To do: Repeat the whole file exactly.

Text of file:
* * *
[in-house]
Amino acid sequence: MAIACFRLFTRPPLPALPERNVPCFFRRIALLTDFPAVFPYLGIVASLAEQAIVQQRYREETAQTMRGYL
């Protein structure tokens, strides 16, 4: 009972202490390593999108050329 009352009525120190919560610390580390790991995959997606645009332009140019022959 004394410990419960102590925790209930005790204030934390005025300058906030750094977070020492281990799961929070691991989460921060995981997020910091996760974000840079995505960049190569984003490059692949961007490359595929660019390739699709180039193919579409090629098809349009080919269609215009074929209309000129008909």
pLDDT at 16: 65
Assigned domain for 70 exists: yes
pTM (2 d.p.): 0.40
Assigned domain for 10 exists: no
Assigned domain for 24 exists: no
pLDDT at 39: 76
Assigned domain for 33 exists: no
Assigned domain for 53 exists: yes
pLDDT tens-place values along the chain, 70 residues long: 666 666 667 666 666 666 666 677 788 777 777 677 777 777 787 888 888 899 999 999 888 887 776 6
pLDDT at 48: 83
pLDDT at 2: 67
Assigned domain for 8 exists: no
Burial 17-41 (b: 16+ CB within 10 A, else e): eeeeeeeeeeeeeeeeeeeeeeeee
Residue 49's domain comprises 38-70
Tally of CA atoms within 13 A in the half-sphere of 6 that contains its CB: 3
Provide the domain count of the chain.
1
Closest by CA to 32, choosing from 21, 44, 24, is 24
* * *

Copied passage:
[in-house]
Amino acid sequence: MAIACFRLFTRPPLPALPERNVPCFFRRIALLTDFPAVFPYLGIVASLAEQAIVQQRYREETAQTMRGYL
């Protein structure tokens, strides 16, 4: 009972202490390593999108050329 009352009525120190919560610390580390790991995959997606645009332009140019022959 004394410990419960102590925790209930005790204030934390005025300058906030750094977070020492281990799961929070691991989460921060995981997020910091996760974000840079995505960049190569984003490059692949961007490359595929660019390739699709180039193919579409090629098809349009080919269609215009074929209309000129008909």
pLDDT at 16: 65
Assigned domain for 70 exists: yes
pTM (2 d.p.): 0.40
Assigned domain for 10 exists: no
Assigned domain for 24 exists: no
pLDDT at 39: 76
Assigned domain for 33 exists: no
Assigned domain for 53 exists: yes
pLDDT tens-place values along the chain, 70 residues long: 666 666 667 666 666 666 666 677 788 777 777 677 777 777 787 888 888 899 999 999 888 887 776 6
pLDDT at 48: 83
pLDDT at 2: 67
Assigned domain for 8 exists: no
Burial 17-41 (b: 16+ CB within 10 A, else e): eeeeeeeeeeeeeeeeeeeeeeeee
Residue 49's domain comprises 38-70
Tally of CA atoms within 13 A in the half-sphere of 6 that contains its CB: 3
Provide the domain count of the chain.
1
Closest by CA to 32, choosing from 21, 44, 24, is 24